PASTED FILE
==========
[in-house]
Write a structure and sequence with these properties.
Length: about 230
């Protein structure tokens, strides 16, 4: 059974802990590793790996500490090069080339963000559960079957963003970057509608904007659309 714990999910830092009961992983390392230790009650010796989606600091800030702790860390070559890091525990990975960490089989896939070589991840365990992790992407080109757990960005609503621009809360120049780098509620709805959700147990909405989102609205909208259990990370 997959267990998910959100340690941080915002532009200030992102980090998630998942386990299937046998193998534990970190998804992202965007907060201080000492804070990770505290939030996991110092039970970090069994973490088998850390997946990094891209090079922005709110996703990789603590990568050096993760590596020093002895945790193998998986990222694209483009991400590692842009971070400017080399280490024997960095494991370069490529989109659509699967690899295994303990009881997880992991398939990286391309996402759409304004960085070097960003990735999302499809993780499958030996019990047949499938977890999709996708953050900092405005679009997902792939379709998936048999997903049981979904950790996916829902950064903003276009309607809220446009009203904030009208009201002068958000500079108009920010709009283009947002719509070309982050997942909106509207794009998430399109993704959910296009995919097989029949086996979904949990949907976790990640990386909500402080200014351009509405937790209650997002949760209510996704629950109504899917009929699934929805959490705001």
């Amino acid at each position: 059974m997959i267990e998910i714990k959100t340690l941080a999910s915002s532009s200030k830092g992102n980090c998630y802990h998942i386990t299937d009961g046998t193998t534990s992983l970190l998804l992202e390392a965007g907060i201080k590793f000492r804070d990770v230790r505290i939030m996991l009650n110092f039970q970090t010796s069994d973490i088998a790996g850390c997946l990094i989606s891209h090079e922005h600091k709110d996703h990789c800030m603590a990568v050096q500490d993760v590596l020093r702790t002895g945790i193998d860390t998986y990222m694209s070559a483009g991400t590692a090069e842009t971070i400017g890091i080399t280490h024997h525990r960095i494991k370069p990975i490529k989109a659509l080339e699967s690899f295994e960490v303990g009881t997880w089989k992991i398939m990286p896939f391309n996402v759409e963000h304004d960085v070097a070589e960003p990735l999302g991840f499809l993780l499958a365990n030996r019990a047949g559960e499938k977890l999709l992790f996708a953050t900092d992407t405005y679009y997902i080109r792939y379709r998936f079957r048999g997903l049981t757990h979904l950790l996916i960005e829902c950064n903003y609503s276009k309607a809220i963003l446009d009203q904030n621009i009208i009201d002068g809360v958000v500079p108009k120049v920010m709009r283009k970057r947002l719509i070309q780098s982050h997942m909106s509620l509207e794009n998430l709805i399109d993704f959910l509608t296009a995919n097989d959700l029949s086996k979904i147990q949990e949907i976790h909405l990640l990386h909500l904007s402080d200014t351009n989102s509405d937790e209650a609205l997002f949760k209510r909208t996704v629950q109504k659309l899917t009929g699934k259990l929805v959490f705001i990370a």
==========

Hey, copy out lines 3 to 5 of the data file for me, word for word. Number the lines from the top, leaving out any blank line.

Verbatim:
Length: about 230
């Protein structure tokens, strides 16, 4: 059974802990590793790996500490090069080339963000559960079957963003970057509608904007659309 714990999910830092009961992983390392230790009650010796989606600091800030702790860390070559890091525990990975960490089989896939070589991840365990992790992407080109757990960005609503621009809360120049780098509620709805959700147990909405989102609205909208259990990370 997959267990998910959100340690941080915002532009200030992102980090998630998942386990299937046998193998534990970190998804992202965007907060201080000492804070990770505290939030996991110092039970970090069994973490088998850390997946990094891209090079922005709110996703990789603590990568050096993760590596020093002895945790193998998986990222694209483009991400590692842009971070400017080399280490024997960095494991370069490529989109659509699967690899295994303990009881997880992991398939990286391309996402759409304004960085070097960003990735999302499809993780499958030996019990047949499938977890999709996708953050900092405005679009997902792939379709998936048999997903049981979904950790996916829902950064903003276009309607809220446009009203904030009208009201002068958000500079108009920010709009283009947002719509070309982050997942909106509207794009998430399109993704959910296009995919097989029949086996979904949990949907976790990640990386909500402080200014351009509405937790209650997002949760209510996704629950109504899917009929699934929805959490705001």
């Amino acid at each position: 059974m997959i267990e998910i714990k959100t340690l941080a999910s915002s532009s200030k830092g992102n980090c998630y802990h998942i386990t299937d009961g046998t193998t534990s992983l970190l998804l992202e390392a965007g907060i201080k590793f000492r804070d990770v230790r505290i939030m996991l009650n110092f039970q970090t010796s069994d973490i088998a790996g850390c997946l990094i989606s891209h090079e922005h600091k709110d996703h990789c800030m603590a990568v050096q500490d993760v590596l020093r702790t002895g945790i193998d860390t998986y990222m694209s070559a483009g991400t590692a090069e842009t971070i400017g890091i080399t280490h024997h525990r960095i494991k370069p990975i490529k989109a659509l080339e699967s690899f295994e960490v303990g009881t997880w089989k992991i398939m990286p896939f391309n996402v759409e963000h304004d960085v070097a070589e960003p990735l999302g991840f499809l993780l499958a365990n030996r019990a047949g559960e499938k977890l999709l992790f996708a953050t900092d992407t405005y679009y997902i080109r792939y379709r998936f079957r048999g997903l049981t757990h979904l950790l996916i960005e829902c950064n903003y609503s276009k309607a809220i963003l446009d009203q904030n621009i009208i009201d002068g809360v958000v500079p108009k120049v920010m709009r283009k970057r947002l719509i070309q780098s982050h997942m909106s509620l509207e794009n998430l709805i399109d993704f959910l509608t296009a995919n097989d959700l029949s086996k979904i147990q949990e949907i976790h909405l990640l990386h909500l904007s402080d200014t351009n989102s509405d937790e209650a609205l997002f949760k209510r909208t996704v629950q109504k659309l899917t009929g699934k259990l929805v959490f705001i990370a």